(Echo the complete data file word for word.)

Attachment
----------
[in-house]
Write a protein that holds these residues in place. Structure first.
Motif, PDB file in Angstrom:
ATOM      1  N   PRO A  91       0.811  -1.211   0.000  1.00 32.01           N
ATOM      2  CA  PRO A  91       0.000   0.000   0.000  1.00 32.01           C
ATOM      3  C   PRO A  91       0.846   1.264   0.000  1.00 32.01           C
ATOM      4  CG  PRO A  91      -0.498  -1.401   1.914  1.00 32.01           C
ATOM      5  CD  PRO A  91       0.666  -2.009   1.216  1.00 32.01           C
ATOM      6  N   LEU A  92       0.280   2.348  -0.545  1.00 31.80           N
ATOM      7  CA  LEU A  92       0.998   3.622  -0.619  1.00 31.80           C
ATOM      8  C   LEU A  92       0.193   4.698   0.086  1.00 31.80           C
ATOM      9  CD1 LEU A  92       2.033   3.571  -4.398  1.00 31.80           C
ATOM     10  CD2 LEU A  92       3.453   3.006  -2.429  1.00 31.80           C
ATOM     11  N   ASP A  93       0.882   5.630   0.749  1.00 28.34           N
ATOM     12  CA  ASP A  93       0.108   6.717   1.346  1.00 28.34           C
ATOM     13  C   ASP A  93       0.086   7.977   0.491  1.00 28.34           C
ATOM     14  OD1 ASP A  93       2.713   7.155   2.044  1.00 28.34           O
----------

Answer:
[in-house]
Write a protein that holds these residues in place. Structure first.
Motif, PDB file in Angstrom:
ATOM      1  N   PRO A  91       0.811  -1.211   0.000  1.00 32.01           N
ATOM      2  CA  PRO A  91       0.000   0.000   0.000  1.00 32.01           C
ATOM      3  C   PRO A  91       0.846   1.264   0.000  1.00 32.01           C
ATOM      4  CG  PRO A  91      -0.498  -1.401   1.914  1.00 32.01           C
ATOM      5  CD  PRO A  91       0.666  -2.009   1.216  1.00 32.01           C
ATOM      6  N   LEU A  92       0.280   2.348  -0.545  1.00 31.80           N
ATOM      7  CA  LEU A  92       0.998   3.622  -0.619  1.00 31.80           C
ATOM      8  C   LEU A  92       0.193   4.698   0.086  1.00 31.80           C
ATOM      9  CD1 LEU A  92       2.033   3.571  -4.398  1.00 31.80           C
ATOM     10  CD2 LEU A  92       3.453   3.006  -2.429  1.00 31.80           C
ATOM     11  N   ASP A  93       0.882   5.630   0.749  1.00 28.34           N
ATOM     12  CA  ASP A  93       0.108   6.717   1.346  1.00 28.34           C
ATOM     13  C   ASP A  93       0.086   7.977   0.491  1.00 28.34           C
ATOM     14  OD1 ASP A  93       2.713   7.155   2.044  1.00 28.34           O